And there's also another area called Sheep Creek on the north east side of Avawatz Mountains. It's one of those places in the desert that you all of a sudden come upon a bunch of greenery, where water flows much of the year. Just this amazing green riparian vegetation against really rocky ridges and cliffs that have these gorgeous geologic striations throughout them. And it's also an area that big horn sheep visit, so you have a good possibility of seeing those there when you're there.
STEVE: So how about another area that our listeners could visit?
BRYN: OK! Well, just going north of the Avawatz Mountains, we have Death Valley. There's this mile stretch of land between Fort Irwin army base and Death Valley National Park, and it's managed by the Bureau of Land Management. It's beautiful area that is perfect place to go to if you want solitude. Not a lot of people go out there. Our proposal would make that part of the national park as well as designating it wilderness.
One of the great things that you can see there, if you go during the right time of year after or during rains, the Amargosa River flows through that area and it makes a U-turn where it's been heading from north to south, it all of a sudden turns and heads north again. It eventually empties out into Badwater. But it's always an amazing thing to see a flowing river in the desert.
STEVE: You had another area that you wanted to talk about.
BRYN: Yeah, the Soda Mountains are another great area. They're really easy to access. They're off of interstate fifteen between Barstow and Baker on the north side of I-15. They're another range that really changes from one side to another. You see from one side really gentle slopes to the other side really jagged, steep, rugged ridges.
And some of the really unique things about the Soda Mountains: First, the rare crucifixion thorn is a plant that occurs there, and it's the northern most population of this plant. If you go in a wetter time of the year there are the East and West Cronese Lakes that fill up with water when there's good rain and provide habitat for migrating birds. The endangered Yuma clapper rail visits the lakes when they're full, and you also get a really good opportunity to see various raptors.
Also in the Soda Mountains there are a number of archaeologic sites. There's a number of salt and hunting camps left from thousands of years ago. There's also aboriginal trail systems and significant rock alignments.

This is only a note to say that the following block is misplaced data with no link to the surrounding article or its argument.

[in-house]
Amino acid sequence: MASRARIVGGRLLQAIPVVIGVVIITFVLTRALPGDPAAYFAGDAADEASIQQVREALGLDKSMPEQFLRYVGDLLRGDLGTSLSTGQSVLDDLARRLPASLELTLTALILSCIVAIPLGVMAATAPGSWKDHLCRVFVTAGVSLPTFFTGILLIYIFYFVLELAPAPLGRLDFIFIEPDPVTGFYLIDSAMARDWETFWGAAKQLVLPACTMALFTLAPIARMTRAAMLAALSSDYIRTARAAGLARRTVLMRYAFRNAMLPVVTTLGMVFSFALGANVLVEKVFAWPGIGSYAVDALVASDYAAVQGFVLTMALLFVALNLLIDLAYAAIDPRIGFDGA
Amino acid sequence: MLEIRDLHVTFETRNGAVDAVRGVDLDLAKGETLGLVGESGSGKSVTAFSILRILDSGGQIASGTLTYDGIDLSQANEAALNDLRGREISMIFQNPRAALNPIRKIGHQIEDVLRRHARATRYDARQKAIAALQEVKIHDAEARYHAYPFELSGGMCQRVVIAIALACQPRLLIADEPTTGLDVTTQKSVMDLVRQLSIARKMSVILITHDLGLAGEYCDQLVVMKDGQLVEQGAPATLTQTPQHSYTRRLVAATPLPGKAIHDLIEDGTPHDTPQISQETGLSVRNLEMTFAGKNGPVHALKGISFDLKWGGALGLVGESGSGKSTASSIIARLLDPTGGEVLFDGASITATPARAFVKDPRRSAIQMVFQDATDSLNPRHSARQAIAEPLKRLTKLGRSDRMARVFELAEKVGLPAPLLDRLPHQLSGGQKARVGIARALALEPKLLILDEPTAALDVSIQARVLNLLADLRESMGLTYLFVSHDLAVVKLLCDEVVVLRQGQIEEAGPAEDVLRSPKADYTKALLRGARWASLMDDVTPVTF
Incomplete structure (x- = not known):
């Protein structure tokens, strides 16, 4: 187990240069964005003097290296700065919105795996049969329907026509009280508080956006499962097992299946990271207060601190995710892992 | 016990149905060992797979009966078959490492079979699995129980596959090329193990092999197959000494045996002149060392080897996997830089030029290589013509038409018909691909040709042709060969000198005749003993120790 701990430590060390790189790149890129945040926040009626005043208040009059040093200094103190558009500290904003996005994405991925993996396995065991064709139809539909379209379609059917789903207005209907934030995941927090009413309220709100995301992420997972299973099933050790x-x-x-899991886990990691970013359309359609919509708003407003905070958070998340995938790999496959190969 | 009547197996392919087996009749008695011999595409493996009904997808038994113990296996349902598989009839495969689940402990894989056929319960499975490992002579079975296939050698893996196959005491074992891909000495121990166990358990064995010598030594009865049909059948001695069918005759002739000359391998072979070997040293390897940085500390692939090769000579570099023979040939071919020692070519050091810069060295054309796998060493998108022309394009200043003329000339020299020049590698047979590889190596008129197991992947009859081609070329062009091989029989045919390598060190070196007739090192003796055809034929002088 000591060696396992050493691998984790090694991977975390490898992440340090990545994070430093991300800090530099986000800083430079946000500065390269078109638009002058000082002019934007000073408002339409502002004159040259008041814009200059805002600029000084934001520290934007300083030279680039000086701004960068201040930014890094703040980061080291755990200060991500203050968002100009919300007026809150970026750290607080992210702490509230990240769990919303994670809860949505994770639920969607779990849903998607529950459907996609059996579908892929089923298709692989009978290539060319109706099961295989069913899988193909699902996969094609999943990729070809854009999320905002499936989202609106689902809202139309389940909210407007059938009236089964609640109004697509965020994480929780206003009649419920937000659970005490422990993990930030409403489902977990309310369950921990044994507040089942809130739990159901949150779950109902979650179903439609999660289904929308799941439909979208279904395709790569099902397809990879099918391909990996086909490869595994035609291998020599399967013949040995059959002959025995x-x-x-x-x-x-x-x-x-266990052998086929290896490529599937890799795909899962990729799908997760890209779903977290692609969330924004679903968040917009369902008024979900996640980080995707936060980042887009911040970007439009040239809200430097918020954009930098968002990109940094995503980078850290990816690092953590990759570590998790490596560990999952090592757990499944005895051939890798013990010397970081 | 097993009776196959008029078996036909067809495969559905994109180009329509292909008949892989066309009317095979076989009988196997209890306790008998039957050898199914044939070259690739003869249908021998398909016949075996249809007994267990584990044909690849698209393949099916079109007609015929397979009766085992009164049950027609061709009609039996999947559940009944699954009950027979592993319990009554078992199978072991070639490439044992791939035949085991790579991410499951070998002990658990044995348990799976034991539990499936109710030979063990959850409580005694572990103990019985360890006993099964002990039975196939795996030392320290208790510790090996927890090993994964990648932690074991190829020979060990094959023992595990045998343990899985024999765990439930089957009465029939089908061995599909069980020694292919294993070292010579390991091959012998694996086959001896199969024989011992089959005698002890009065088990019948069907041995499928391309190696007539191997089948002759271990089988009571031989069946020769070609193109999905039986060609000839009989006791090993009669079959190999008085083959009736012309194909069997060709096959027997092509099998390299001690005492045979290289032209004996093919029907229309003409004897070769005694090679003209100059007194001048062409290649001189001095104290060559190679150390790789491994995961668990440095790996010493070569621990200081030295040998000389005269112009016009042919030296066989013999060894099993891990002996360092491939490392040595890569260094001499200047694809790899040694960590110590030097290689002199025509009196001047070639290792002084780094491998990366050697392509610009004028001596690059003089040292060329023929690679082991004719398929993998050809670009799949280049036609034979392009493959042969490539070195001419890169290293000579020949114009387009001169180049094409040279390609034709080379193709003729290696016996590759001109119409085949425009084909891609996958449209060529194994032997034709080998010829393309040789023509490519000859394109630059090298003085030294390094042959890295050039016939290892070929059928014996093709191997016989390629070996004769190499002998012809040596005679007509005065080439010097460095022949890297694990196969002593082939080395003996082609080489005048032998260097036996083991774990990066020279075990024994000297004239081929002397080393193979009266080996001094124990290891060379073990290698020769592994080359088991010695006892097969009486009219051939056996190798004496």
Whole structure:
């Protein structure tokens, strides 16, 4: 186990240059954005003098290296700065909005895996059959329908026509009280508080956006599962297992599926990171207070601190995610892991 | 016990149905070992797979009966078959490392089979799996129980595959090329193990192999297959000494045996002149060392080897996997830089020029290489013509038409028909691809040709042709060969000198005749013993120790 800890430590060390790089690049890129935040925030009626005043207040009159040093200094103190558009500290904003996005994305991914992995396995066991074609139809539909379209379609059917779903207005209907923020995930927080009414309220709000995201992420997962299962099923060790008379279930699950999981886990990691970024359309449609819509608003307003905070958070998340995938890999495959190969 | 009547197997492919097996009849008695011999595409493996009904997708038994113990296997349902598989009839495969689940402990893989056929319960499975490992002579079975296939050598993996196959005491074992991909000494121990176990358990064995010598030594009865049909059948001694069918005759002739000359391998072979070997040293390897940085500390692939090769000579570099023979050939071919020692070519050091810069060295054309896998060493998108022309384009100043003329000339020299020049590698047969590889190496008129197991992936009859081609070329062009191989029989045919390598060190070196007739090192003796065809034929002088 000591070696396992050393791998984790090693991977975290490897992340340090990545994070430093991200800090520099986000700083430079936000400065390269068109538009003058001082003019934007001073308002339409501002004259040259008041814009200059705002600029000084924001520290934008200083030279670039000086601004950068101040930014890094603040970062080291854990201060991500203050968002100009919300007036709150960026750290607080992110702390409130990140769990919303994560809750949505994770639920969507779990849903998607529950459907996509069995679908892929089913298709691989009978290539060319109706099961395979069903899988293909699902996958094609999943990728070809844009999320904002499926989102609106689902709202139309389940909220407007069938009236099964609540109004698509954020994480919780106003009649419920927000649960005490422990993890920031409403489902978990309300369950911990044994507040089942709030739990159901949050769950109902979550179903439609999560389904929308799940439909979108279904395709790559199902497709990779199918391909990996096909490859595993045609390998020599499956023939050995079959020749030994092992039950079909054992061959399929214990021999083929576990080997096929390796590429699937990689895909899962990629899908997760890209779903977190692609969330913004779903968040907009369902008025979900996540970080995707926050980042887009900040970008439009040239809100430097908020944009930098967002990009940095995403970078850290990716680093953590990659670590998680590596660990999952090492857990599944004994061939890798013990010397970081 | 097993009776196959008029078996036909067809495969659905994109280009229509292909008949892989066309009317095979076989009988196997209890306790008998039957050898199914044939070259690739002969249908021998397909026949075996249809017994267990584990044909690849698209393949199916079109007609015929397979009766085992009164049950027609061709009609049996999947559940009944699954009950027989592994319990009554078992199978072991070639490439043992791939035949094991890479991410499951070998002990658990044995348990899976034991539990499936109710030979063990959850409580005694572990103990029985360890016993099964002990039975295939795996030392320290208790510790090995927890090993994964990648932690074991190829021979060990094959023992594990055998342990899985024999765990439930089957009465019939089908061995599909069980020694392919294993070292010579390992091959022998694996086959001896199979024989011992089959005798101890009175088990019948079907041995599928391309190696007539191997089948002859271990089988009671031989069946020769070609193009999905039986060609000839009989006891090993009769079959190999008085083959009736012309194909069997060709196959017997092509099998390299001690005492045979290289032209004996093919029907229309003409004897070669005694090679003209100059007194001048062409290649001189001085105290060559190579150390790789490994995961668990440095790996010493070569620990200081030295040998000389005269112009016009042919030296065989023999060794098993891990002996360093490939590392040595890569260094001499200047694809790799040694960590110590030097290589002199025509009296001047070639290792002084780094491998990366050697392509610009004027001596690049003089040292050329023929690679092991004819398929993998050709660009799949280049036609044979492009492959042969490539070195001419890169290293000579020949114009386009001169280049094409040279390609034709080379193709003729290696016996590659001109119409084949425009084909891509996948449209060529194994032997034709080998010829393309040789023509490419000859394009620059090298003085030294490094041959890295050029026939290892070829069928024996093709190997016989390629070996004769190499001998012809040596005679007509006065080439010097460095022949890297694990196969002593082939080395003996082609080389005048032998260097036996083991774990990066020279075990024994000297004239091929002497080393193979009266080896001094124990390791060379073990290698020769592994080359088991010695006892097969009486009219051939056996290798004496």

STEVE: Are there any special concerns a visitor would have to have over other similar areas?
BRYN: As a general rule in the desert, you need to be aware of heat. There's always things like rattle snakes and things like that that you have to be aware of and watch out for.
Not a lot of people visit the area. There are some people who go off-roading in the area and you need to watch for them. Make sure you know where you're going and staying on established routes.
STEVE: Bryn, I'd like to thank you for sharing with me the description of these wilderness areas, and I hope to talk to you again on this show in the future.
BRYN: Thank you Steve, I appreciate you thinking of us.
STEVE SERGEANT: Bryn Jones is the desert program director for the California Wilderness Coalition.
You can find pictures of these areas, and links to more information about these desert areas and the C-W-C in general, on our web site.
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Next time — In part two of "Wild but not Wilderness", we'll explore lush areas in California's forested northern coast.
The Wildebeat is produced by Steve Sergeant for Effable Communications. Our official website is WWW dot WILDEBEAT (that's W-I-L-D-E-B-E-A-T) dot NET. Future editions of The Wildebeat depend on your contributions, both for funding and for content. Please see our website for details.
This has been The Wildebeat, program number five. Thank you for listening.